32NienowState Sen. Sean Nienow (R-Cambridge) perpetually seeks to emphasize what a great steward of “the taxpayers’ money” he’s supposed to be. As far as I know, there are still no answers as to where the big ol’ chunk of change he got from the SBA actually went. Here’s a previous post for more background.

Nienow filed for Chapter 7 bankruptcy on June 1. According to court papers he has debts of $930,883 and lists total assets of $121,836. Because of the filing, Nienow will have to liquidate all of his nonessential assets and turn them over to creditors. Court papers say Nienow has declared his home, household goods, two cars, his wedding ring, four firearms, other hobby equipment, a boat and other household items as exempt assets…
The biggest debt listed on Nienow’s bankruptcy filing is $747,937 owed to the United State government for a loan Nienow and his wife took out from the Small Business Administration. The couple used the money to create the National Camp Association, which aimed to help families find camps for children.

“Four firearms” as exempt, essential assets. Of course.
Obviously, I’m noting this because I think if people in his district know about it, it will hurt his reelection chances, if he runs again in 2016. It’s not personal animus or anything like that. Rather, all conservatives should be out of public office, for the simple reason that when they’re in power, they screw up everything they touch. And we’re all worse off, as a result.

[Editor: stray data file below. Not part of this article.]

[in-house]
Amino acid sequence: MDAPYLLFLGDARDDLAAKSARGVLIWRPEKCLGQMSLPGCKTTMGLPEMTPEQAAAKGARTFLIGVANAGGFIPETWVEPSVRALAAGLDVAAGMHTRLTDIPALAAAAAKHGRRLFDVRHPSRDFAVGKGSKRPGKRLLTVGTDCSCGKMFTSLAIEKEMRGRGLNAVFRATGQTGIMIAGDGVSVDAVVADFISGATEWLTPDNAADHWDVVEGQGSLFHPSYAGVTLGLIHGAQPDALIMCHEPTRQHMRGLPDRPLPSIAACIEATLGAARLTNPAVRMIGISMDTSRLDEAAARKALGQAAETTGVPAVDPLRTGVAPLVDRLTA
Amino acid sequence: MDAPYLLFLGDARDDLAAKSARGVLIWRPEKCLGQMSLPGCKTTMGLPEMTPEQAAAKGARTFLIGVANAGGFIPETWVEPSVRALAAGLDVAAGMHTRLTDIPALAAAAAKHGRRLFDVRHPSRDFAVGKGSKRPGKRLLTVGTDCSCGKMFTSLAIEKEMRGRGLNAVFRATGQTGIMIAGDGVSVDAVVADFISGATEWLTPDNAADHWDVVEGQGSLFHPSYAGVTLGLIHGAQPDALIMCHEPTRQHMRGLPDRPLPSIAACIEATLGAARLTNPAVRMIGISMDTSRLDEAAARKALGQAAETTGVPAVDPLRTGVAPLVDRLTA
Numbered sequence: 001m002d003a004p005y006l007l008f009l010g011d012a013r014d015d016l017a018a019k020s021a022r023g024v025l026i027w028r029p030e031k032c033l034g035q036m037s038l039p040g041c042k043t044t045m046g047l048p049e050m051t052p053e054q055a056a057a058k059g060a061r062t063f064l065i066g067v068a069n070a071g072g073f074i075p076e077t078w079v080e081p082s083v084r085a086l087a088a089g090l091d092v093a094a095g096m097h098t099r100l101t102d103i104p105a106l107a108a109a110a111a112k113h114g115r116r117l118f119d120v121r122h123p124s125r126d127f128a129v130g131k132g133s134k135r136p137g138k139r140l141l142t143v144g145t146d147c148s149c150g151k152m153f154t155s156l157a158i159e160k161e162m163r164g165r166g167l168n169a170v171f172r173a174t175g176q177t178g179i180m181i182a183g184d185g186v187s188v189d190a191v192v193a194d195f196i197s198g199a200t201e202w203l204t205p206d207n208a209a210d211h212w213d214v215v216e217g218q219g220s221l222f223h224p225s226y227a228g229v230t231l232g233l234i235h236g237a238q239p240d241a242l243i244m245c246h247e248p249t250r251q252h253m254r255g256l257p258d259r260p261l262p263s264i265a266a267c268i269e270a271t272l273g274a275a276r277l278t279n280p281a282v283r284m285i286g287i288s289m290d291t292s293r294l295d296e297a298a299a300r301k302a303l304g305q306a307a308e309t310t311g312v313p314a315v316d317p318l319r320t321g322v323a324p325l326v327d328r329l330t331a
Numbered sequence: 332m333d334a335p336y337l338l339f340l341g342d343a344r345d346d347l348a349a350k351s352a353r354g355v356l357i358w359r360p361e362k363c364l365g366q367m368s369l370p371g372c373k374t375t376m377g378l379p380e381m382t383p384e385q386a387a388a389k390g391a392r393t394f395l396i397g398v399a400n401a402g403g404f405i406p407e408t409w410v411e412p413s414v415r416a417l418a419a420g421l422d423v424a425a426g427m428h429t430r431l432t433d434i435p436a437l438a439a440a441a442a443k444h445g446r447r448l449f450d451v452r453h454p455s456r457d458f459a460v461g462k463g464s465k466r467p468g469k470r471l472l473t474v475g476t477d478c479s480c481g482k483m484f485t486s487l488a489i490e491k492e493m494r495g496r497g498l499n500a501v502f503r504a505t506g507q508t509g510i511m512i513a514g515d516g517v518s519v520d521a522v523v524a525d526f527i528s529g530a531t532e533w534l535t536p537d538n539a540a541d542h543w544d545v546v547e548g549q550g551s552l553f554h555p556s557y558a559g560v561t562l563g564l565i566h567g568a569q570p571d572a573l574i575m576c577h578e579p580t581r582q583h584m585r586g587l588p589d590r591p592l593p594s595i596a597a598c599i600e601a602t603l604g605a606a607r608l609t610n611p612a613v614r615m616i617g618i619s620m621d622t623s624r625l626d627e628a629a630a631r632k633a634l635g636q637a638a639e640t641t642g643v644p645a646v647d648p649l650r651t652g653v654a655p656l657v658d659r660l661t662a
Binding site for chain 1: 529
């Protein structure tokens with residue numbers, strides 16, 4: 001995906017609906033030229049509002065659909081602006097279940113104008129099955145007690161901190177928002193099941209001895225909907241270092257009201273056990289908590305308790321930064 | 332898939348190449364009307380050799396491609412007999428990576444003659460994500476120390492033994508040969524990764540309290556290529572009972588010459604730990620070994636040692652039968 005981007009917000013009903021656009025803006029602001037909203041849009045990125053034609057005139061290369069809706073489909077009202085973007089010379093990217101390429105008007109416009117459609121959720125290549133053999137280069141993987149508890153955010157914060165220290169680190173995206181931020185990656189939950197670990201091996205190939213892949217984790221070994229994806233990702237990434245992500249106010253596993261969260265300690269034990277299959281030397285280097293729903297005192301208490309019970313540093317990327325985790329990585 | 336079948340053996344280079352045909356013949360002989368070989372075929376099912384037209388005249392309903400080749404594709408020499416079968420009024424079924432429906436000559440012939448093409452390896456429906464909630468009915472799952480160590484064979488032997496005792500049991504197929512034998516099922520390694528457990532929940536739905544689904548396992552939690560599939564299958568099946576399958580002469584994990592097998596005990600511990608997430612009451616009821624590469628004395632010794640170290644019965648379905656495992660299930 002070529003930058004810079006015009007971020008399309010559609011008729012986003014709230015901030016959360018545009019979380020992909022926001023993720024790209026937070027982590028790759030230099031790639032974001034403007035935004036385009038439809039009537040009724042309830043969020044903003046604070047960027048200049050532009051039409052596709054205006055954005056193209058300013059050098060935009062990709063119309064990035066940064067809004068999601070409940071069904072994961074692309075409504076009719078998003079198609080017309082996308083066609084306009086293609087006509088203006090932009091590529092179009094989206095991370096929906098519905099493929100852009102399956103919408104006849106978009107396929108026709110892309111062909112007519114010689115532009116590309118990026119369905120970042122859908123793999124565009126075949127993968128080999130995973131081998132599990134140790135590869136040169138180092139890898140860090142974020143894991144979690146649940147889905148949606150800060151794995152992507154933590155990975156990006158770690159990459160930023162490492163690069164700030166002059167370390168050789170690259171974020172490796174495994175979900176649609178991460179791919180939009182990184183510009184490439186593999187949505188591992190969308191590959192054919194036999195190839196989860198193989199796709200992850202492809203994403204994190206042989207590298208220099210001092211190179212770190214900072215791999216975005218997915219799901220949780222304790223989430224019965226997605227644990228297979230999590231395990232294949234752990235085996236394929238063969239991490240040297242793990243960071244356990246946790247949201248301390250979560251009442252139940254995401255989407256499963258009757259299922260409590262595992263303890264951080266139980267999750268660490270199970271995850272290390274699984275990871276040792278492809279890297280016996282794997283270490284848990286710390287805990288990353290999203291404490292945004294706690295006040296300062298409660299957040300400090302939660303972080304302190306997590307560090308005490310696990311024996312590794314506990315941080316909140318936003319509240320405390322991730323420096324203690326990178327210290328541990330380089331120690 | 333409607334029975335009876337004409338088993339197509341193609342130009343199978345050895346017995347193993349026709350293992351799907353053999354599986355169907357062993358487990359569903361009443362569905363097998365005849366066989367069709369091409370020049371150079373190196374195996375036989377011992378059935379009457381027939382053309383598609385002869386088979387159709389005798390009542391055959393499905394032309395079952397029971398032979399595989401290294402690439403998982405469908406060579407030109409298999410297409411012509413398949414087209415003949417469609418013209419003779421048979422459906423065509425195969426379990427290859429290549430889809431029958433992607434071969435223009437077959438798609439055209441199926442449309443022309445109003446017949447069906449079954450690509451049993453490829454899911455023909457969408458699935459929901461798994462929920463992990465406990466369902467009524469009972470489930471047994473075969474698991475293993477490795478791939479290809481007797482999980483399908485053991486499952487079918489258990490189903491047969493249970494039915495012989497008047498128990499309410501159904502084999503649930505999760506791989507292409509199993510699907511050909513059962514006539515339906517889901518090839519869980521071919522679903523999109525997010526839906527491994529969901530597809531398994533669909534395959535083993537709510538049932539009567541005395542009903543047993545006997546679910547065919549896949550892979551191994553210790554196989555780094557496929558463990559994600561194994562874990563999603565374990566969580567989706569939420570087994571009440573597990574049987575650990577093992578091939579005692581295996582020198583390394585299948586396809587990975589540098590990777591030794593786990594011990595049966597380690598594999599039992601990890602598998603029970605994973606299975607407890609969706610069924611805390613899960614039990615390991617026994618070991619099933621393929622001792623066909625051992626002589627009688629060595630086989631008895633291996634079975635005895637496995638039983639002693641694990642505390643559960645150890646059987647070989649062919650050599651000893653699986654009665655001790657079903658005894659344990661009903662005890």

MN-08: Mills fumbles the gun issue

by Dan Burns on July 10, 2014 · 2 comments

Stewart Mills III is running for Rep. Rick Nolan’s (D-MN) congressional seat. I have yet to see reliable polling numbers. Here’s Mills’s latest ad.

What Nolan has in fact primarily supported is stronger background checks, favored by around 75-80% of Americans if you average the legitimate polling that I‘ve seen. But where Mills is stepping on his tongue, yet again, is that he apparently forgot he ever said the following.

In 2013 Mills said “So what’s the solutions, we need to put armed security in every school and fund that price tag. We have to stop putting things on our credit card and mortgaging our children’s future to China. The ATF collects approximately $ 24 billion a year in excise fees. If we need to increase the 11% ATF excise fee on firearms to 15% or whatever to pay for it, we need to do that.”

Vote Mills for higher taxes on guns! That ought to work with the base.


Mike McFadden is running for the U.S. Senate seat currently held by Al Franken (D-MN). He also has to win a primary in August; he’s considered a heavy favorite, there. His most recent TV ads are strange and weird, and call the general competence of his campaign very much into question. (Note that not long ago his staff got a big change.) Maybe he figures he has to try something unusual, all things considered.

First, it’s presented as a positive that he cluelessly performed a medical procedure, presumably under septic conditions, on a child.

Then, apparently there is something cute and/or funny about being sucker-punched, square, in the nuts.

Keep ‘em coming, Mittclone. Please.